In every family there are similarities and differences. The same is true in chemical families as well. Elements that share similar chemical properties are arranged in vertical columns, called groups or families, in the modern periodic table. For example, the Group 17 elements, consisting of fluorine, chlorine, bromide, iodine and astatine, are called the halogens. What are the similarities and differences in the chemical properties of the halogens and their compounds?
- Periodic table
- Groups or families
- Periodic trends
The purpose of this demonstration is to explore the similarities and differences in the chemical properties of the halogens. The reactions of chlorine, bromine and iodine with sodium chloride, sodium bromide and sodium iodide will be investigated in order to determine the periodic trend for the reactivity of the halogens. Chlorine, bromine and iodine will be identified by their unique colors in water and hexane.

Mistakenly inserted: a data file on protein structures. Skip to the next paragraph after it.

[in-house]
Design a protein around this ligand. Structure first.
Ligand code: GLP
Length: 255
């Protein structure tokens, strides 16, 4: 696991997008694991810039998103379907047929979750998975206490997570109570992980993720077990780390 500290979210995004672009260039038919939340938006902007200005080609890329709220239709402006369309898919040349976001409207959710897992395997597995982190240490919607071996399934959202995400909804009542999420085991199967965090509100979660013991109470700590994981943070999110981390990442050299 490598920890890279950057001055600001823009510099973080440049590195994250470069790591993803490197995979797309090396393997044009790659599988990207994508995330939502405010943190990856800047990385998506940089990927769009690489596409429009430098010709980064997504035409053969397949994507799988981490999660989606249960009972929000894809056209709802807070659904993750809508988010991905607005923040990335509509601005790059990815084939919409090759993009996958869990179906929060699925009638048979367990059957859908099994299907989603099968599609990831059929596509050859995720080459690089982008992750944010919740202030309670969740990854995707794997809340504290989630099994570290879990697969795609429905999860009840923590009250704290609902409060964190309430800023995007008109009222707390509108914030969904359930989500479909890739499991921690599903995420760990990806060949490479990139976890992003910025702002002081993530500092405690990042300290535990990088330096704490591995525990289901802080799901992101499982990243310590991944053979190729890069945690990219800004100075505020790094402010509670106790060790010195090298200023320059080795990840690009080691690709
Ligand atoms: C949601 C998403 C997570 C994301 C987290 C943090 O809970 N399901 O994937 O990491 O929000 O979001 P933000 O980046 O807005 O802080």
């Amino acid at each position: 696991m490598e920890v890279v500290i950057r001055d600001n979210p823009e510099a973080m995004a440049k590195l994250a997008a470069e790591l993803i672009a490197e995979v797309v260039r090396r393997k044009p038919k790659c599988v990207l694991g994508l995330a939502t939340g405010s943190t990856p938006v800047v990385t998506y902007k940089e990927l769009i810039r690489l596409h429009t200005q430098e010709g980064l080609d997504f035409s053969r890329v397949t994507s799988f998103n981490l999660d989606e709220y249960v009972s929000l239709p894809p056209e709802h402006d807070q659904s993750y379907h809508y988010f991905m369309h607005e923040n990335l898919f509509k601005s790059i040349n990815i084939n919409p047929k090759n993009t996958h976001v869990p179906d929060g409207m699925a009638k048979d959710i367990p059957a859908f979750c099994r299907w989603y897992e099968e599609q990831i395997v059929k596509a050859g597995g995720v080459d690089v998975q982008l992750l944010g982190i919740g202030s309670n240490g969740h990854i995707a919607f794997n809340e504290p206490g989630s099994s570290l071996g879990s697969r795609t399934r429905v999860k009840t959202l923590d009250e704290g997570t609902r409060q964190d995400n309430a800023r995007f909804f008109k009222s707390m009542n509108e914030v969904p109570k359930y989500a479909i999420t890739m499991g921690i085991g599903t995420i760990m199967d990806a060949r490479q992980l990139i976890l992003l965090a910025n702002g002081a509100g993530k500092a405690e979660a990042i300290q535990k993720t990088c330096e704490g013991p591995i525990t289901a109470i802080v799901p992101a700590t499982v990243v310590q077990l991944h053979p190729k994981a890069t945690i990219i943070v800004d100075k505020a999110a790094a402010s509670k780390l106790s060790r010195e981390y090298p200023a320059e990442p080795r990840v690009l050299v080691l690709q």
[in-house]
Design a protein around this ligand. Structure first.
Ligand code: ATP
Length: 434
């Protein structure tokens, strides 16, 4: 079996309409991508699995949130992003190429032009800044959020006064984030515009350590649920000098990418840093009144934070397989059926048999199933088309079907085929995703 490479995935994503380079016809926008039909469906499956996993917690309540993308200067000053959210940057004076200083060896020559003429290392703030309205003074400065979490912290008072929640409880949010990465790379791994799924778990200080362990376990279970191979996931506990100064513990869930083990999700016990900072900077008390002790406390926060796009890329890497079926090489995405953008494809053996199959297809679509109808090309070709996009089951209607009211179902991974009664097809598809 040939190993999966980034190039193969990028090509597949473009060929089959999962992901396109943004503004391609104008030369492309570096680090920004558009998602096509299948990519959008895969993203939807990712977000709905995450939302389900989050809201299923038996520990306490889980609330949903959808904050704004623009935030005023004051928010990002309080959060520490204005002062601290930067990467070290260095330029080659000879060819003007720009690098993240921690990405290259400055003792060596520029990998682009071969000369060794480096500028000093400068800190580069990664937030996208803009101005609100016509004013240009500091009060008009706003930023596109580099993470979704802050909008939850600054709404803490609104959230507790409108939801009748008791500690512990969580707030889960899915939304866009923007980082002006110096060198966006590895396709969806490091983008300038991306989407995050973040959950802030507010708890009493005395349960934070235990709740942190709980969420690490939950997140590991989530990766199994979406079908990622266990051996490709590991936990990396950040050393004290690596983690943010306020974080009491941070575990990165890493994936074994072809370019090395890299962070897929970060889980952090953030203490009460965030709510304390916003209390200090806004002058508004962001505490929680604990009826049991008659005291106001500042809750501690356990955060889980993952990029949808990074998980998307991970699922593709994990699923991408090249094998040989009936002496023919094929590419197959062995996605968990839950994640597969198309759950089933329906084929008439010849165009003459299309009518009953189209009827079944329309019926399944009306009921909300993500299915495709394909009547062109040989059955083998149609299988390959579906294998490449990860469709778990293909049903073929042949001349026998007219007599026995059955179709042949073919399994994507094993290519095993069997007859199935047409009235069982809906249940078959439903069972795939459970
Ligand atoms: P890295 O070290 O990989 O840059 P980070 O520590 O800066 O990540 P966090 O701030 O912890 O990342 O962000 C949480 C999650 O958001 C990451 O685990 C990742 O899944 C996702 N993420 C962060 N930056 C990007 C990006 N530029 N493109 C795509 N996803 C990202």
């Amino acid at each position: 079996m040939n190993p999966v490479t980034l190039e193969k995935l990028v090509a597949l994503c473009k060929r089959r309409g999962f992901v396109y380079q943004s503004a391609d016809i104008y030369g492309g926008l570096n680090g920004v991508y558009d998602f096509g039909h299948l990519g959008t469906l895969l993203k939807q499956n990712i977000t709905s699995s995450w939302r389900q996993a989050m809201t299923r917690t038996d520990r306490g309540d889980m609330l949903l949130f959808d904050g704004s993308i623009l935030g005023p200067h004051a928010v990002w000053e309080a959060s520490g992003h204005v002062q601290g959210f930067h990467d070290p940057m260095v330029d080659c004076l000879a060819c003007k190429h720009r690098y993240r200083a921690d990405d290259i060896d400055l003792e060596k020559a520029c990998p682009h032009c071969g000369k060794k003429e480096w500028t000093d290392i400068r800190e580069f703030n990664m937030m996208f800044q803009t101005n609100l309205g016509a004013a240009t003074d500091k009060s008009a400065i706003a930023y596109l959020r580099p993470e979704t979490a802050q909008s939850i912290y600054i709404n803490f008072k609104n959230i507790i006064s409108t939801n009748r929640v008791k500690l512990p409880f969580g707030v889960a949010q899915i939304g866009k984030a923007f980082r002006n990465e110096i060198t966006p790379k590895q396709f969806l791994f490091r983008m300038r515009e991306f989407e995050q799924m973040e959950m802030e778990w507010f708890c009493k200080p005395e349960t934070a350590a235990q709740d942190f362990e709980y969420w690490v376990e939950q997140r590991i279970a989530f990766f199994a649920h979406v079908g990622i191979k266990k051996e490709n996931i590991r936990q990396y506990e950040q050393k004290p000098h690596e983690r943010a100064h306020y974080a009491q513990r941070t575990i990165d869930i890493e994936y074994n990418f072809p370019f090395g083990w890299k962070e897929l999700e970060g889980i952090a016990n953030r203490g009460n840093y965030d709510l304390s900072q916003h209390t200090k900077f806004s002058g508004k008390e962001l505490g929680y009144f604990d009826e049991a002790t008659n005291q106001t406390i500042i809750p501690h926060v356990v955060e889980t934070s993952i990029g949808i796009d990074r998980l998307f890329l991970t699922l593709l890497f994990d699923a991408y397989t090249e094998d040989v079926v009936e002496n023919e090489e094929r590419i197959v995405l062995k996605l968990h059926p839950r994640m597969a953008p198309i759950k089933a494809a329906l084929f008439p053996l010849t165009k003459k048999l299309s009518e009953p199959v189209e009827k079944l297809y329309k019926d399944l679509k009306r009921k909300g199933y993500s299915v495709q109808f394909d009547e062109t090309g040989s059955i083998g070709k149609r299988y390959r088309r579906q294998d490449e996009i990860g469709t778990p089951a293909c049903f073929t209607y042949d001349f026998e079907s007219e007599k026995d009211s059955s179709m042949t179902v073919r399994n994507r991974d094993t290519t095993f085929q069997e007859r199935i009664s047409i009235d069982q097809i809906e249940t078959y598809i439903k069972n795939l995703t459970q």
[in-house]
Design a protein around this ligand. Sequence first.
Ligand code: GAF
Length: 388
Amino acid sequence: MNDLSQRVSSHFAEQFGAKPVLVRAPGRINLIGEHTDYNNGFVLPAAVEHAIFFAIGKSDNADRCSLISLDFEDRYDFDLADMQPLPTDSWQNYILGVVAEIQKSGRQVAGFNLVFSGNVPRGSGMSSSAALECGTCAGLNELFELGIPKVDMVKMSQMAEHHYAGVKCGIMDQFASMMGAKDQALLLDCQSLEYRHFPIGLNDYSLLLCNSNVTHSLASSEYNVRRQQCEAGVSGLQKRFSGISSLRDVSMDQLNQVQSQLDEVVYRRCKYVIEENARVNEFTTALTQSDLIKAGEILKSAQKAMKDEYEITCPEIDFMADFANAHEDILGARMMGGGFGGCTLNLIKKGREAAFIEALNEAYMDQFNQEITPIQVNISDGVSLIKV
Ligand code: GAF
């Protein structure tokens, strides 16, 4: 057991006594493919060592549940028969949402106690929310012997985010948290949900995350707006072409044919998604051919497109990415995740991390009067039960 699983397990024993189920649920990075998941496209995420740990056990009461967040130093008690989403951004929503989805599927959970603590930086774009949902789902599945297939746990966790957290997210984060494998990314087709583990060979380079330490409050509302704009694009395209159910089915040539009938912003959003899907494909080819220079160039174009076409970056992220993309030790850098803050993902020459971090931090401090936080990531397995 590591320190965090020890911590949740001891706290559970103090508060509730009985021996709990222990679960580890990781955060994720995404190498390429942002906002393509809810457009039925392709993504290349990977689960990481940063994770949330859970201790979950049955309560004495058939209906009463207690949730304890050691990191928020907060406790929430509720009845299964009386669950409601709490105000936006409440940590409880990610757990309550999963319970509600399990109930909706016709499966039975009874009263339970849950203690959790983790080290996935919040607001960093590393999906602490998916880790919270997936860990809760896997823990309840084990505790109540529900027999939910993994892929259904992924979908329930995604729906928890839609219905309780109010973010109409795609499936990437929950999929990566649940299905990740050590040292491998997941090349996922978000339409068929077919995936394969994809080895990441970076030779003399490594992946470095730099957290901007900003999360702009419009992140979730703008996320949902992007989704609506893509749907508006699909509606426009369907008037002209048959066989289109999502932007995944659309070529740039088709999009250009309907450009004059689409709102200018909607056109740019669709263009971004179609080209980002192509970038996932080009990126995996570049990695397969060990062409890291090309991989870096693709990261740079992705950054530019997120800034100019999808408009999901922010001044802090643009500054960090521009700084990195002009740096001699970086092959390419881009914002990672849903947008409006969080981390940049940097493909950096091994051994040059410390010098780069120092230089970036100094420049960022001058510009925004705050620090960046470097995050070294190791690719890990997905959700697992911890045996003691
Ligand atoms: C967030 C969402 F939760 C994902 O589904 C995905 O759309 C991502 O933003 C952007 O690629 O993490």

(for each demonstration)
Bromine water, Br2 in H2O, 10 mL†
Chlorine water, Cl2 in H2O, 10 mL†
Iodine solution, I2, 0.04 M, 10 mL*
Hexanes, C6H14, 60 mL*
Hydrochloric acid, HCl, 1 M, 75 mL*
Sodium bromide solution, NaBr, 0.1 M, 10 mL*
Sodium chloride solution, NaCl, 0.1 M, 10 mL*
Sodium iodide solution, NaI, 0.1 M, 10 mL*
Sodium thiosulfate solution, 4%, 500 mL§
Water, distilled or deionized
Bottles (with caps), square glass, 30-mL, 6
Graduated cylinders, 10- and 25-mL
Marking pencil or pen
*Materials included in kit.
†Prepare fresh within one day of use—see Prelab Preparation section. Do not store excess.
§Recommended for disposal of excess halogen solutions.